LGBT leader paid sex abuse victim not to testify, Oregon authorities say

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Terry Bean, a leading investor, LGBT advocate and political fundraiser, has been arrested in Oregon following allegations that he and his lawyer unlawfully paid $200,000 to prevent court testimony from a man who accused Bean and his ex-boyfriend of sexually abusing him at the age of 15.

Terrence Patrick Bean, now age 71, posted bail Oct. 30 after Portland police arrested him on a charge of a felony computer crime, The Oregonian reports. Authorities allege he tried to pay off the alleged victim of sex abuse to prevent his testimony.

The charge relates to the revived criminal case against him alleging that in September 2013 he committed two felony counts of third-degree sodomy and a misdemeanor sexual abuse charge.

The previous trial had been postponed when the alleged victim disappeared, and later refused to testify when he reappeared. The charges had been dismissed without prejudice in 2015. Prosecutors revived the case earlier this year.

Bean is a co-founder of the Human Rights Campaign and of the Gay and Lesbian Victory Fund. He has been a major fundraiser for Democratic Party candidates, including President Barack Obama's campaign, the Oregonian reported.

Kiah Lawson, now 30, was Bean's boyfriend at the time of the alleged crime, when both men were in Eugene, Ore. for an Oregon Ducks game. In September 2019 Lawson was found guilty on identical sex abuse charges and sentenced to two years in prison.

Bean's lawyer, Derek Ashton, was also arrested on a felony computer crime for the alleged payoff and posted bail Oct. 30. The Oregon State Bar opened an ethics investigation against him in September.

Bean and Ashton are accused of arranging a $200,000 payment to the alleged victim, who was 15-years-old at the time of the alleged crime.

Steve Sherlag, Bean's new criminal defense attorney, rejected the charges against his client.

"While we are shocked at the new charge and the state's apparent shotgun approach, Mr. Bean unequivocally denies all of the state's claims and their attendant innuendo," Sherlag said, according to Williamette Week. "We look forward to exposing the full truth in open court and a full acquittal as justice requires."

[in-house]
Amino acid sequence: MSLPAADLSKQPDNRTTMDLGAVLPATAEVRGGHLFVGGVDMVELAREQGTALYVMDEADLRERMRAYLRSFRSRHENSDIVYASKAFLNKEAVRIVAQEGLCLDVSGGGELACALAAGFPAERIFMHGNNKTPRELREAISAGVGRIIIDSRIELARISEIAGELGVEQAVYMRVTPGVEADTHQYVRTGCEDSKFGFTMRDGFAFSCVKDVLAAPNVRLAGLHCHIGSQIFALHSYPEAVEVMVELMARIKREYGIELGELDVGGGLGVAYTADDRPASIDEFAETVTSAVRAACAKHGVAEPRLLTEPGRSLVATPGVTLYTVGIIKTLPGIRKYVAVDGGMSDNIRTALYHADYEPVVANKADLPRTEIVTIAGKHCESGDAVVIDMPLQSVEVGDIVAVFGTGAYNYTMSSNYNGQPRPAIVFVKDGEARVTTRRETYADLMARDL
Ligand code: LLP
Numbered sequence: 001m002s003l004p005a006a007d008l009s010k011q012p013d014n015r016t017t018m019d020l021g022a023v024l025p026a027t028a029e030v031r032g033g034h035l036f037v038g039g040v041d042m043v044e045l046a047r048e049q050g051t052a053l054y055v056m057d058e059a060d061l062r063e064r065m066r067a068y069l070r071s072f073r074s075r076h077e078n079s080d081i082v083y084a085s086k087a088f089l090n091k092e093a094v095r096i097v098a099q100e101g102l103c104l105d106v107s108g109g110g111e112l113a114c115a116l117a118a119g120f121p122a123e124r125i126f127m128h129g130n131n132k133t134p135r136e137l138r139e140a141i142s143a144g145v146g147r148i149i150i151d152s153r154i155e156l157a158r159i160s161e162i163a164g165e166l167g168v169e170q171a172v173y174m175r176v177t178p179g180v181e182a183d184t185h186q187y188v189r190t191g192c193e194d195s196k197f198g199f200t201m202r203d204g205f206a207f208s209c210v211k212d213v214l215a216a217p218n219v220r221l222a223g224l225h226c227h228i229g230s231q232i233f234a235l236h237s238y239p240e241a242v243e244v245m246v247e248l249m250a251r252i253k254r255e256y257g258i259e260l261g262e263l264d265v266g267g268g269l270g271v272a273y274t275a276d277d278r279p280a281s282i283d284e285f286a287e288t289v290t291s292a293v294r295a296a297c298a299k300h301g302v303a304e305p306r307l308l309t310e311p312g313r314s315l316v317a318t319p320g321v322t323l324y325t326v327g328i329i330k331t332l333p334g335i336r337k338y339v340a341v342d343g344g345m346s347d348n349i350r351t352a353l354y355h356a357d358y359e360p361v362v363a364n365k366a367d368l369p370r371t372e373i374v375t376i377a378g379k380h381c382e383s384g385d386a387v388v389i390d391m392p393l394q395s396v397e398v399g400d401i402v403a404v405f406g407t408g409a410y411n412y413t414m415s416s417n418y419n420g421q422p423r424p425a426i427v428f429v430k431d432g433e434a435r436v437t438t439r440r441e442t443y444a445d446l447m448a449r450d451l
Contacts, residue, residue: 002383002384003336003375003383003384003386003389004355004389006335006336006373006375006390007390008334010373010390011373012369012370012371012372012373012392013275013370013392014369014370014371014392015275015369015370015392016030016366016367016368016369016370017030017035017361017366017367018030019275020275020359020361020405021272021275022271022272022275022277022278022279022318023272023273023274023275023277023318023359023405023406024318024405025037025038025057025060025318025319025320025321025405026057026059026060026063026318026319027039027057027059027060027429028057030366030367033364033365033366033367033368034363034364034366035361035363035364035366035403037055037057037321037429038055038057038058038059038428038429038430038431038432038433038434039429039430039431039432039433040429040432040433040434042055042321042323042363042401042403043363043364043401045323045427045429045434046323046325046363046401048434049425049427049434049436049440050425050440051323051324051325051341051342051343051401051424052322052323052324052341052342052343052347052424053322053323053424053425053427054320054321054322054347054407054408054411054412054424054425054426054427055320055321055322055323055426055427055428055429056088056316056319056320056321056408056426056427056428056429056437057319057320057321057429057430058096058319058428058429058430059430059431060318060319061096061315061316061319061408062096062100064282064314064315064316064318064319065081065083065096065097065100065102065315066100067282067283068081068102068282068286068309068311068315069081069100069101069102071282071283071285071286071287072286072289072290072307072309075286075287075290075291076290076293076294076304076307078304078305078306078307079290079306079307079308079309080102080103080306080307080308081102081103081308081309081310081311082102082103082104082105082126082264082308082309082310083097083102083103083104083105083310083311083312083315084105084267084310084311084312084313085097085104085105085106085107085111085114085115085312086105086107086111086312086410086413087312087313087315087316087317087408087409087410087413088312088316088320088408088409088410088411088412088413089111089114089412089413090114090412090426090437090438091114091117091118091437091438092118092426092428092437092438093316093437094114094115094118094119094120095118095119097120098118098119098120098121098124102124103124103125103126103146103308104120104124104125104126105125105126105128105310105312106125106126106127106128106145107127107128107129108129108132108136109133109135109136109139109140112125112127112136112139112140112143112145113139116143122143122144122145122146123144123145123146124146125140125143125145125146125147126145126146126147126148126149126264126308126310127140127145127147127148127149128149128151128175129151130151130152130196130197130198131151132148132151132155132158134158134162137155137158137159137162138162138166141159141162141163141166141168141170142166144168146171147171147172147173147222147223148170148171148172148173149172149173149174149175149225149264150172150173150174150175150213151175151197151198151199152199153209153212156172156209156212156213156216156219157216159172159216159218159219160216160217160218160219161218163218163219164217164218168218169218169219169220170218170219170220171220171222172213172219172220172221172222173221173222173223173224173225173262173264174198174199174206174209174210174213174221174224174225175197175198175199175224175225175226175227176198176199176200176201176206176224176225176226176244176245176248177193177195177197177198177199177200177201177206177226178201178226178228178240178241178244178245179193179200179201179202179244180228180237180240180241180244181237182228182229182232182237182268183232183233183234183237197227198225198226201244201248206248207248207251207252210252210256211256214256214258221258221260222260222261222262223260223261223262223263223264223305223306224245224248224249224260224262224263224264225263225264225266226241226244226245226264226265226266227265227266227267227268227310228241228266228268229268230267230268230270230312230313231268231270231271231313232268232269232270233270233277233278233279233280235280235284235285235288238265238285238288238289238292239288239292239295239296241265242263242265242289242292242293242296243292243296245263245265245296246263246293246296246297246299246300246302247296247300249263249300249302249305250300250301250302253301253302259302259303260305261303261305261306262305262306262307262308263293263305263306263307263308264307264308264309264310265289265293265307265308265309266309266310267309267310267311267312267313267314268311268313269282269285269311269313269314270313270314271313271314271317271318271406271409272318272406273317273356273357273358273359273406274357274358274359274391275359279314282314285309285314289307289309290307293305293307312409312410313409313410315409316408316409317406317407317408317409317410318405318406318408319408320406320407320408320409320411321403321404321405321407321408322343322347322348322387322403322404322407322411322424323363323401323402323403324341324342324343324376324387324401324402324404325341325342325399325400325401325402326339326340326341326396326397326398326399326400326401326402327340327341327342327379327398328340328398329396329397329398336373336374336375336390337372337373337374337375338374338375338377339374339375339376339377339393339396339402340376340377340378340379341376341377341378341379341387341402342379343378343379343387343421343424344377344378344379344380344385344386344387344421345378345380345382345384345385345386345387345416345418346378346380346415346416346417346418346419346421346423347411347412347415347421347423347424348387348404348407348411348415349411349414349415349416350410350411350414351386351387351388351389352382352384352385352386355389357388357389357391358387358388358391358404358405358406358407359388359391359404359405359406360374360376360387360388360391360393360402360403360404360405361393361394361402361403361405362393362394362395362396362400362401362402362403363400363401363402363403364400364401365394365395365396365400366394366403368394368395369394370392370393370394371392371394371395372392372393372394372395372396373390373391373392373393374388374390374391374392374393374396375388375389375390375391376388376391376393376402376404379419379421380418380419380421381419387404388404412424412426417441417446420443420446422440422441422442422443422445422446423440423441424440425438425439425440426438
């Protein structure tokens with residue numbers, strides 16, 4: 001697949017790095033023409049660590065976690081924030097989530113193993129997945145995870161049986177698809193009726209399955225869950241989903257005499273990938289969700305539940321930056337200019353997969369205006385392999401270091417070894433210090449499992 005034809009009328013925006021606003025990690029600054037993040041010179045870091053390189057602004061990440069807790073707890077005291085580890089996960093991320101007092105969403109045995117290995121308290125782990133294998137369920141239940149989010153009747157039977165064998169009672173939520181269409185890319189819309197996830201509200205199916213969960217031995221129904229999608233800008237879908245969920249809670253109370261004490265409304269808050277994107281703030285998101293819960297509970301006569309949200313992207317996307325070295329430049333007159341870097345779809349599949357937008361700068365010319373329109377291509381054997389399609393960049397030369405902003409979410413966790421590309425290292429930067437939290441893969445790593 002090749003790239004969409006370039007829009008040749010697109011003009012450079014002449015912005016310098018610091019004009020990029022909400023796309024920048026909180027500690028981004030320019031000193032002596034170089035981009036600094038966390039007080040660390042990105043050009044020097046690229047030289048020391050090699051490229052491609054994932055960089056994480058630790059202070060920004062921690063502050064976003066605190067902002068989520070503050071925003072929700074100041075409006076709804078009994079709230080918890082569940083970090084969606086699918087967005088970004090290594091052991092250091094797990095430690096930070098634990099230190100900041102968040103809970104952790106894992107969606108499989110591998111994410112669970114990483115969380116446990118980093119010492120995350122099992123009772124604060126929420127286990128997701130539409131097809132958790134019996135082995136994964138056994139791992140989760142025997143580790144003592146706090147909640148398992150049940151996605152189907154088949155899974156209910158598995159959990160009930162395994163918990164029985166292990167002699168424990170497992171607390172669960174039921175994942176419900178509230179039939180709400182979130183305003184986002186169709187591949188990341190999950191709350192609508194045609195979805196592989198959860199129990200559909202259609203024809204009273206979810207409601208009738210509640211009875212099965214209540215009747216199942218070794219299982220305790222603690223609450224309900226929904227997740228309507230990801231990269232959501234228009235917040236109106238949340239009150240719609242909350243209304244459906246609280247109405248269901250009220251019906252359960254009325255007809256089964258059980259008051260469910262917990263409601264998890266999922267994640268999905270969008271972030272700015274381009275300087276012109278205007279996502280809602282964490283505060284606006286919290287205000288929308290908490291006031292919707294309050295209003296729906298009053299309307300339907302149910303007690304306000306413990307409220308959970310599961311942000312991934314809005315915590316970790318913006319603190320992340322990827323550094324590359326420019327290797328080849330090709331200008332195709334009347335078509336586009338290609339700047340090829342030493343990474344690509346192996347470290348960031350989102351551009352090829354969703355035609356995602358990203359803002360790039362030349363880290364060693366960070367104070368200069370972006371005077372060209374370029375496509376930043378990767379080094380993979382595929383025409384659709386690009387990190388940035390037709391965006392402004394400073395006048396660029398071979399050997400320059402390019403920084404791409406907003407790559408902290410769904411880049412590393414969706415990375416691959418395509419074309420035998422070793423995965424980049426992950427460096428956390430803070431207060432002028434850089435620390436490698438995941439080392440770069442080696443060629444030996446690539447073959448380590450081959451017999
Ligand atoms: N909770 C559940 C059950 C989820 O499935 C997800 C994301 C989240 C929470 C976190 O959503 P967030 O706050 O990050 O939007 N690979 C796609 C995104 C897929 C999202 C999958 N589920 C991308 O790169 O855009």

The Human Rights Campaign has many corporate partners in its LGBT activism. It has lobbied businesses to push for "LGBT equality" in legislation and corporate policy, to recruit self-identified LGBT employees and to give financial support for LGBT organizations through LGBT-targeted marketing or advertising and philanthropic support.

The organization has been critical of Catholic teaching and practice as well as leaders like Pope Francis and the U.S. bishops. It seeks to promote lay Catholic allies who oppose what the campaign characterizes as "the U.S. hierarchy's anti-LGBTQ actions," according to the campaign website's Catholic initiatives section.

In 2014, the Human Rights Campaign responded to the charges against Bean. It said that Bean is one of 80 board members of the organization and he has no daily oversight or responsibility for its programs. He had taken a voluntary leave of absence from the board "until his issues are resolved," a spokesman told CNN.

CNA sought comment from the Human Rights Campaign but did not receive a response by deadline.

In Ashton and Bean's initial response to the charges, they proposed a "civil compromise," which under Oregon law can sometimes resolve criminal cases through an approved payment to an alleged victim. However, Lane County Judge Charles Zennache refused to allow it, Williamette Week reports.

August court filings from Lane County Deputy District Attorney Erik Hasselman claim to have evidence of possible criminal conduct showing Ashton used $220,000 to pay the alleged victim not to show up or testify during Bean's 2015 trial, The Oregonian reports.

Portland Police Bureau Detective Jeff Myers said Bean's lawyer Ashton and the alleged victim's lawyer worked to reach a civil settlement, 2019 court records say. ​They report a detailed plan to prevent investigators from finding the boy and that the alleged victim's own lawyer allegedly helped him hide.

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A defense motion over the summer from one of Bean's lawyers indicated that Deputy Lane County District Attorney Erik Hasselman claims to have evidence that Bean, Ashton, the boy's lawyer, and another attorney for a prosecutor's witness "committed the crimes of bribery, witness tampering and 'possibly' money laundering."

Bean attorney Kimberlee Volm, who filed the motion, told a judge that the statute of limitations had probably run out and would prevent charging Bean or Ashton with such charges.

KOIN 6 News said that the new arrests show that prosecutors believe they can proceed with some charges.

Bean has filed a $2 million civil lawsuit against Myers, the investigating officer; the prosecutor Erik Hasselman; and the alleged victim's civil attorney Sean Riddell. The lawsuit claims they colluded into coaxing the alleged victim into falsely claiming Bean had sexually abused him, The Oregonian reported in September.

Riddell has filed a $6.15 million civil lawsuit against Bean on behalf of the alleged victim.

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